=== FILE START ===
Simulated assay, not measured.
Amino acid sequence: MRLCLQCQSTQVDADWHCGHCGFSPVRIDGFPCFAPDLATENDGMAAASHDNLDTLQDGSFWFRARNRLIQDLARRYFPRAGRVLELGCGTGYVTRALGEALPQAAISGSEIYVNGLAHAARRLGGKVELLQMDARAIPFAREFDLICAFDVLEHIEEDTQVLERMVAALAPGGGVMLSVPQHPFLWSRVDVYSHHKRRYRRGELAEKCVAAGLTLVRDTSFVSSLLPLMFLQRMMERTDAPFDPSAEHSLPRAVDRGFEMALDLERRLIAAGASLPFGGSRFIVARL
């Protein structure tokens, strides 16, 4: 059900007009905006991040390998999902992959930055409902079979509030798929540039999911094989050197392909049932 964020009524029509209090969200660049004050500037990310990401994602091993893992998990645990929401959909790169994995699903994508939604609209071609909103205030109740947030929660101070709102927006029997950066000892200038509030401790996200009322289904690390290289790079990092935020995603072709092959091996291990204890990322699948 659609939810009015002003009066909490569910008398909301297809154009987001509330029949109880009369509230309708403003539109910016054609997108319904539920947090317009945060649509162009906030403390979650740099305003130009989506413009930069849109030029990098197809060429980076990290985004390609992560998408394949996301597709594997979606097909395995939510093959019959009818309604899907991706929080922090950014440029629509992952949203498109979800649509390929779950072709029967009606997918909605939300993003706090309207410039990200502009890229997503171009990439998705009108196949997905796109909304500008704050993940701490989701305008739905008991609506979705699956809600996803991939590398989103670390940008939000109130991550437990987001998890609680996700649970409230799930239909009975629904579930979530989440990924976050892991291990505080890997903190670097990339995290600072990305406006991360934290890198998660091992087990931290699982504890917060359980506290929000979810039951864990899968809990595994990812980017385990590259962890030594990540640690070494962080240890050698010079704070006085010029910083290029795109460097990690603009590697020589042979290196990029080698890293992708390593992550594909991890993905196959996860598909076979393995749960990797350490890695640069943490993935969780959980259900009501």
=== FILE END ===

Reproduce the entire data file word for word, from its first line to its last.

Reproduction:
Simulated assay, not measured.
Amino acid sequence: MRLCLQCQSTQVDADWHCGHCGFSPVRIDGFPCFAPDLATENDGMAAASHDNLDTLQDGSFWFRARNRLIQDLARRYFPRAGRVLELGCGTGYVTRALGEALPQAAISGSEIYVNGLAHAARRLGGKVELLQMDARAIPFAREFDLICAFDVLEHIEEDTQVLERMVAALAPGGGVMLSVPQHPFLWSRVDVYSHHKRRYRRGELAEKCVAAGLTLVRDTSFVSSLLPLMFLQRMMERTDAPFDPSAEHSLPRAVDRGFEMALDLERRLIAAGASLPFGGSRFIVARL
């Protein structure tokens, strides 16, 4: 059900007009905006991040390998999902992959930055409902079979509030798929540039999911094989050197392909049932 964020009524029509209090969200660049004050500037990310990401994602091993893992998990645990929401959909790169994995699903994508939604609209071609909103205030109740947030929660101070709102927006029997950066000892200038509030401790996200009322289904690390290289790079990092935020995603072709092959091996291990204890990322699948 659609939810009015002003009066909490569910008398909301297809154009987001509330029949109880009369509230309708403003539109910016054609997108319904539920947090317009945060649509162009906030403390979650740099305003130009989506413009930069849109030029990098197809060429980076990290985004390609992560998408394949996301597709594997979606097909395995939510093959019959009818309604899907991706929080922090950014440029629509992952949203498109979800649509390929779950072709029967009606997918909605939300993003706090309207410039990200502009890229997503171009990439998705009108196949997905796109909304500008704050993940701490989701305008739905008991609506979705699956809600996803991939590398989103670390940008939000109130991550437990987001998890609680996700649970409230799930239909009975629904579930979530989440990924976050892991291990505080890997903190670097990339995290600072990305406006991360934290890198998660091992087990931290699982504890917060359980506290929000979810039951864990899968809990595994990812980017385990590259962890030594990540640690070494962080240890050698010079704070006085010029910083290029795109460097990690603009590697020589042979290196990029080698890293992708390593992550594909991890993905196959996860598909076979393995749960990797350490890695640069943490993935969780959980259900009501």